‘Veterinary teams have done an incredible job from securing the food supply chain to keeping much-loved pets healthy and happy in lockdown. I’m enormously proud of how our profession has navigated this crisis’.

Read more here: 


Australian Veterinarians Mobilise in Response to Flooding Emergency 

Veterinary volunteers from the welfare charity ‘Vets Beyond Borders’ have been deployed in response to the flooding in New South Wales. 

The charity played a vital role during the ‘Black Summer’ fires of 2020, which displaced thousands of animals and people. They are trained to help livestock, horses, and any other injured wildlife caught up in disasters. 

‘During these times of crisis, families endure a great amount of hardship and grief, compounded with the uncertainty of when they may be able to return to their properties’ VBB CEO Dr Sally Colgan said.  

‘We’re on standby to provide support to the Castle Hill evacuation centre, and we’re gearing up to board the AWL-NSW Mobile Vet Truck, which is preparing to provide vital support to the disaster-affected communities in the mid-north coast of NSW.’

‘The veterinary profession is incredibly empathetic and the ability to dig deep and turn up day after day to help out is such an admirable quality… our volunteers are amazing.’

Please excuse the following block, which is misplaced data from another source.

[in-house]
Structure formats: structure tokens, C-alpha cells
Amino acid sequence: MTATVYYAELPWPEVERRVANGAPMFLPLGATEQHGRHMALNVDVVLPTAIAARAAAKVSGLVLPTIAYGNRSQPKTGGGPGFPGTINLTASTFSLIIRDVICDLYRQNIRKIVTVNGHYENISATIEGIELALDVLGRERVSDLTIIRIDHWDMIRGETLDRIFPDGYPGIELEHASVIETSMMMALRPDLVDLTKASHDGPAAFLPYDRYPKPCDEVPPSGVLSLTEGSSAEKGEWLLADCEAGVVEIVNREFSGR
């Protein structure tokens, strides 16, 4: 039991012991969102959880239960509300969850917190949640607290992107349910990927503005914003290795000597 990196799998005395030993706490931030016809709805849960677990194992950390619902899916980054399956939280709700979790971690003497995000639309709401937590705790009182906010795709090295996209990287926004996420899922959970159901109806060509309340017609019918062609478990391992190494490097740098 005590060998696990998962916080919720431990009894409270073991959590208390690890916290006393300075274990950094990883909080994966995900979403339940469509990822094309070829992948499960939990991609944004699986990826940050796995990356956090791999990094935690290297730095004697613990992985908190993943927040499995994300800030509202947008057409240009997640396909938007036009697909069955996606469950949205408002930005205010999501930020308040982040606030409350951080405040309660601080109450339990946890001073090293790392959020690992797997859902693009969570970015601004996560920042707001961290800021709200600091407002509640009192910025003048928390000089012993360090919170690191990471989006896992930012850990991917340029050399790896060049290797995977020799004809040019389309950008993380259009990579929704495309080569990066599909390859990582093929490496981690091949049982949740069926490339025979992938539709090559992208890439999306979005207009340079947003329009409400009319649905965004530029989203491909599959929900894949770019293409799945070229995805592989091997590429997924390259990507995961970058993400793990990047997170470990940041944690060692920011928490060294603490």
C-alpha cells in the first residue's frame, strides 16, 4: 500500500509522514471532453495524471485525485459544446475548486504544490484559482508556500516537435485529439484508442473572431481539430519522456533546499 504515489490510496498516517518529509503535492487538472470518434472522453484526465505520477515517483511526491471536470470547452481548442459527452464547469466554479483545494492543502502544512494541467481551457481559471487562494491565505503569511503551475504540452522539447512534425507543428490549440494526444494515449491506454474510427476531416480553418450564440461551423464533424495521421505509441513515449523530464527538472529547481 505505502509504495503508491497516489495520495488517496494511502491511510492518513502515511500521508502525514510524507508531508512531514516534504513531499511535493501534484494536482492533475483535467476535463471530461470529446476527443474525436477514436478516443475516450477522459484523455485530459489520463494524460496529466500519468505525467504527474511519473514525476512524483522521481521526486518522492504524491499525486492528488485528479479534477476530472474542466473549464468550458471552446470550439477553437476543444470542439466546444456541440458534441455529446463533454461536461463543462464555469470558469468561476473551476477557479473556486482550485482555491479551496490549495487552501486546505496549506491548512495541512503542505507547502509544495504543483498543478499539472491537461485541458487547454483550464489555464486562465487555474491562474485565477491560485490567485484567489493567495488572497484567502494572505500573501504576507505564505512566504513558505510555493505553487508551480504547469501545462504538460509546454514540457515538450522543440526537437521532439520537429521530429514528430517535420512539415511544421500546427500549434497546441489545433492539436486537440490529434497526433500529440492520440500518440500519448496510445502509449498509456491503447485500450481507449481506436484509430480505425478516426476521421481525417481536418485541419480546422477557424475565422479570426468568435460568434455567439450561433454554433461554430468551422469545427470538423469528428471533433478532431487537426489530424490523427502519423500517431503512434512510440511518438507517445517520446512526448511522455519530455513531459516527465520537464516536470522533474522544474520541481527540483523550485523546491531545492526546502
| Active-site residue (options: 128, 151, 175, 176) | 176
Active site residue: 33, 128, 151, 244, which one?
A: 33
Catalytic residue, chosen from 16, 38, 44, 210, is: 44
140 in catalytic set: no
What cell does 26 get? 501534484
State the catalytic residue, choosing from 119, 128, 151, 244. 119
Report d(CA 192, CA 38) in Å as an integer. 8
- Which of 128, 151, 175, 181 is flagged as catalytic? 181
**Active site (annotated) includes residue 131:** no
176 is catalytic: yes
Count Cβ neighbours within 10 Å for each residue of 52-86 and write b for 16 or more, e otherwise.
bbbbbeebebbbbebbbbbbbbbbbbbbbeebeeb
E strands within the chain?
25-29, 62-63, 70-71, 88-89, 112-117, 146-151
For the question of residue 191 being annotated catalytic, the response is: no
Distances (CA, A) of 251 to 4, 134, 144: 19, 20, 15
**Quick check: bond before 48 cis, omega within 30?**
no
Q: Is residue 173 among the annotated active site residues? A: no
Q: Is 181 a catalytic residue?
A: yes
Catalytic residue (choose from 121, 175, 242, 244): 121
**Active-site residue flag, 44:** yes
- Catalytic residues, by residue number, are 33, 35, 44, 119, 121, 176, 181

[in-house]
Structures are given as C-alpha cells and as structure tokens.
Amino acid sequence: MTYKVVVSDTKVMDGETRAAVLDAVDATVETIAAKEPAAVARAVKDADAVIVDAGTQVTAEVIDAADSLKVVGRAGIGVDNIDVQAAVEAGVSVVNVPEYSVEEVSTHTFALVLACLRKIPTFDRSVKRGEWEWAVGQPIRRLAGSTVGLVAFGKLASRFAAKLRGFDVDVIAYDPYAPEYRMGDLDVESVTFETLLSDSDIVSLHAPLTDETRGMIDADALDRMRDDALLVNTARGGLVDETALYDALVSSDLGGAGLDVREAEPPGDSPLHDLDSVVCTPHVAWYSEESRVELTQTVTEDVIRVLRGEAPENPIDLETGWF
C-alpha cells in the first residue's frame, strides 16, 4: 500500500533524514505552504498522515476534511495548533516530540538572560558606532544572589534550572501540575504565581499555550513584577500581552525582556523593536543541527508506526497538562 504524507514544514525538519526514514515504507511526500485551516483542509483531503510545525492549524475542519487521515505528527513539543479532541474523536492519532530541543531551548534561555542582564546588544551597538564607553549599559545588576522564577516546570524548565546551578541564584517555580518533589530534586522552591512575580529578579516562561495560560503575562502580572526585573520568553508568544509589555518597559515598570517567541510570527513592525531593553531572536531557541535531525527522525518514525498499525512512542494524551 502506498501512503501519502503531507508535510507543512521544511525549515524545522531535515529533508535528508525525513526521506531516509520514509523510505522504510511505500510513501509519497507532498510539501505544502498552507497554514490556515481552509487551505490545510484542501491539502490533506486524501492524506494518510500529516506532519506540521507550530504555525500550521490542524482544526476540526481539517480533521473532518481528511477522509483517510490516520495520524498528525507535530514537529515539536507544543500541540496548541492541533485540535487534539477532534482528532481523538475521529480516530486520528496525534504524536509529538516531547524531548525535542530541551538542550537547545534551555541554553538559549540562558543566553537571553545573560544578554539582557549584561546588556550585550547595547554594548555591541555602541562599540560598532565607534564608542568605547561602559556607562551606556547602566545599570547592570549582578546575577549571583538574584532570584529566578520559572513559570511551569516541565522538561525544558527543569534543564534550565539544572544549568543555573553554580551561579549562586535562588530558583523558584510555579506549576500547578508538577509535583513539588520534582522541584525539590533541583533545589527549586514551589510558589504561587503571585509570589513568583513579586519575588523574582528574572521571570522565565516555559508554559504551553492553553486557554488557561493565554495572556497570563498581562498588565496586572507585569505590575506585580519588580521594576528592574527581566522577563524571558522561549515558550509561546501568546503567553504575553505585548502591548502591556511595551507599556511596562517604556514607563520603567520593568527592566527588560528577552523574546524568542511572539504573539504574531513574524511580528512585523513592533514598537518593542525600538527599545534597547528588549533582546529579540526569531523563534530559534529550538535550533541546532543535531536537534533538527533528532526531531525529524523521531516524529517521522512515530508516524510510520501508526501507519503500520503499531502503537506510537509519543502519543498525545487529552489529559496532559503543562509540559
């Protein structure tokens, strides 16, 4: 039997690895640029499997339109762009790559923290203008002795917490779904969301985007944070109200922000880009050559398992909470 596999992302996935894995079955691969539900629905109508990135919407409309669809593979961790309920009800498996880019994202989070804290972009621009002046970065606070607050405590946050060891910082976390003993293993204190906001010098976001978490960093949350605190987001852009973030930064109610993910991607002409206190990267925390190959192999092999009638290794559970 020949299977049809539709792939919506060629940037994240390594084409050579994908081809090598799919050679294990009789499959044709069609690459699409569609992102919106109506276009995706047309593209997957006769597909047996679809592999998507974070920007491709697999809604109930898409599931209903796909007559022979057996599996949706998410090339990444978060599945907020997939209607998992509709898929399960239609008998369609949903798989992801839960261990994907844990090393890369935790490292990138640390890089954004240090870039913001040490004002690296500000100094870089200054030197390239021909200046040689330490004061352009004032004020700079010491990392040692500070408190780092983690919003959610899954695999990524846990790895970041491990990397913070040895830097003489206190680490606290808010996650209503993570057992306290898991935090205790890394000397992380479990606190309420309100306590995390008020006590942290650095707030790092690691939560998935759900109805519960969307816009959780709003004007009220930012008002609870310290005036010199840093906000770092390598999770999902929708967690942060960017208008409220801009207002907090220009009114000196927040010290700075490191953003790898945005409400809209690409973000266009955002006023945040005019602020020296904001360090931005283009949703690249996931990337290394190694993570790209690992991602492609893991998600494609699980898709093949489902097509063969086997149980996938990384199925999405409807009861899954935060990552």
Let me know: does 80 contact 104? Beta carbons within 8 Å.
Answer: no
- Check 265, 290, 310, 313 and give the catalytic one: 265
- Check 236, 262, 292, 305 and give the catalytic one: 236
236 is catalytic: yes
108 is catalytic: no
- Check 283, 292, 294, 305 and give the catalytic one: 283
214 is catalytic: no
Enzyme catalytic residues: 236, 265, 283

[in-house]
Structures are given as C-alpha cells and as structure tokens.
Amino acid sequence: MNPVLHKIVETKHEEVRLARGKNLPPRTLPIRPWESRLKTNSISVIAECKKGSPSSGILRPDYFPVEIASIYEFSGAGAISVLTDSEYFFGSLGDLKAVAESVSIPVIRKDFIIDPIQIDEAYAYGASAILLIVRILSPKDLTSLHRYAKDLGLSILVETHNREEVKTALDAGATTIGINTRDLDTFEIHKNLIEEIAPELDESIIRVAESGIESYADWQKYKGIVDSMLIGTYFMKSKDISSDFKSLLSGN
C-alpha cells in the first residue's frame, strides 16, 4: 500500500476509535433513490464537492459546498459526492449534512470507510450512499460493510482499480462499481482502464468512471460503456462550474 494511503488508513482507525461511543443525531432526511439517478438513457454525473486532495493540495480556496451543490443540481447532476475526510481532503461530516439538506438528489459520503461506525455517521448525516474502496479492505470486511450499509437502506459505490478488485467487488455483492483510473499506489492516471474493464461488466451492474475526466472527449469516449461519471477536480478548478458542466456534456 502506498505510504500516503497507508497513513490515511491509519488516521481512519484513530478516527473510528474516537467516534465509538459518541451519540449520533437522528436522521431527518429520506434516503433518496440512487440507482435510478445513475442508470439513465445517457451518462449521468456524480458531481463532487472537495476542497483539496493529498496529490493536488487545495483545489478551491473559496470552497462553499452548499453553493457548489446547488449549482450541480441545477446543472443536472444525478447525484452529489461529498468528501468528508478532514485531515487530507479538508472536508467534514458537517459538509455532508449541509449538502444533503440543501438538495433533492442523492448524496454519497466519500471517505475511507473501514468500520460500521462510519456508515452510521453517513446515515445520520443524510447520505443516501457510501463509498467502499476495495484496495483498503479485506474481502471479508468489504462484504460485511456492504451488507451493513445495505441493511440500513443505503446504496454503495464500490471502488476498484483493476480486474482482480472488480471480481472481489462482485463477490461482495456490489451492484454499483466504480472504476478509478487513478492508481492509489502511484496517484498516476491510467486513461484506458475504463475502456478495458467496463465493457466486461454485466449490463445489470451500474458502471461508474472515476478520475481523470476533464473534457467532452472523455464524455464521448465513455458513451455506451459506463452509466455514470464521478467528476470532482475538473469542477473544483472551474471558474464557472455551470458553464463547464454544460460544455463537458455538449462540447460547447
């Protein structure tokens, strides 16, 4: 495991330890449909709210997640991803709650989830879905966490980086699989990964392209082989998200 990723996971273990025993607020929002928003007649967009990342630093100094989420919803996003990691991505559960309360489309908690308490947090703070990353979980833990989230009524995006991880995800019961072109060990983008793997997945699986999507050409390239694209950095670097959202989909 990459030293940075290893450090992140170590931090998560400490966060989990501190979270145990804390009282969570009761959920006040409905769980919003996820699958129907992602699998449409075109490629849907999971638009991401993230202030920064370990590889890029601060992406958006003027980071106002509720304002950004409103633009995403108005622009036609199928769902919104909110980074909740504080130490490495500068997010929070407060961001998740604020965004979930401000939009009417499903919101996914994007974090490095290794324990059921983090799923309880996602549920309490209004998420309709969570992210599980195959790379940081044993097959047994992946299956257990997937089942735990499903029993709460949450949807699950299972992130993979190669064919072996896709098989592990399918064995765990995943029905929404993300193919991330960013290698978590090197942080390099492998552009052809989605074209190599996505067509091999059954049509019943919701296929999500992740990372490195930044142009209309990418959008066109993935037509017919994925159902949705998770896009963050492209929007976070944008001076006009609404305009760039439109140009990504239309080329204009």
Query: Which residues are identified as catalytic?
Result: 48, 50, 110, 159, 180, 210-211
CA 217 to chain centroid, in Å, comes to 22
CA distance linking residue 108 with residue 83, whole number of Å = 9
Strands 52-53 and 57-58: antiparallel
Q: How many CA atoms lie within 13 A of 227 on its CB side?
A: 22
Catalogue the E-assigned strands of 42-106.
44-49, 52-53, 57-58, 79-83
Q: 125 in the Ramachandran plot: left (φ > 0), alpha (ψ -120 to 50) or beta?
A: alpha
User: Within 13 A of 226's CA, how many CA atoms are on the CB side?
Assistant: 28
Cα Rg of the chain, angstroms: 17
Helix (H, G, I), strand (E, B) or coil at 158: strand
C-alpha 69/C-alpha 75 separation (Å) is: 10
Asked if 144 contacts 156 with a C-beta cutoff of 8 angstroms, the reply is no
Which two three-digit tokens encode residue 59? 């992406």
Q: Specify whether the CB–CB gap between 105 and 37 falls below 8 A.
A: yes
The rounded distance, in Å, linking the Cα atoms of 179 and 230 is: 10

Being Mindful in the Workplace 

As mental health awareness increases, more workplaces are prioritising worker wellbeing in the office. 

In the US, more than 200 million workdays are lost annually due to worker mental health issues. It is evident that the mental health crisis not only has social implications for leaders, but economic ones too. 

Although many businesses can’t afford an elaborate wellbeing program for their staff, there are other ways to boost employee wellbeing. 

Read on to find out how. 

Encourage Movement

Sitting down for extended periods can be incredibly bad for both our physical and mental health. 

Encouraging staff to take walks during the workday, perhaps even encouraging cycling to work, are all ways to keep moving.

For employees who are constantly on their feet, step count competitions between staff members can be an amazing way to encourage activeness during the day (and have a little fun!). 

Promote Meditation 

Mindfulness practices can be carried out anywhere, and therefore are a great wellness tool for the busy professional. 

To get started, host a mindfulness session for staff to introduce them to the subject and teach them the basics. Also consider creating a space for staff members to be able to relax during their breaks, where they can practice their mindfulness teachings. 

Encourage Better Eating

You are what you eat- and eating unhealthy foods can have a knock-on impact on mental health. 

Instead of having vending machines full of sugary snacks, encourage healthy eating around the workplace by providing nutrient-dense foods for staff. 

This doesn’t mean you have to force all your staff to go on a diet (that will do more harm than good) rather, employers should try to create a balance in the workplace, encouraging healthier habits for all.  

To read more about how you can promote wellness at work, click here:


If you missed out on the last weekly veterinary news roundup, click here.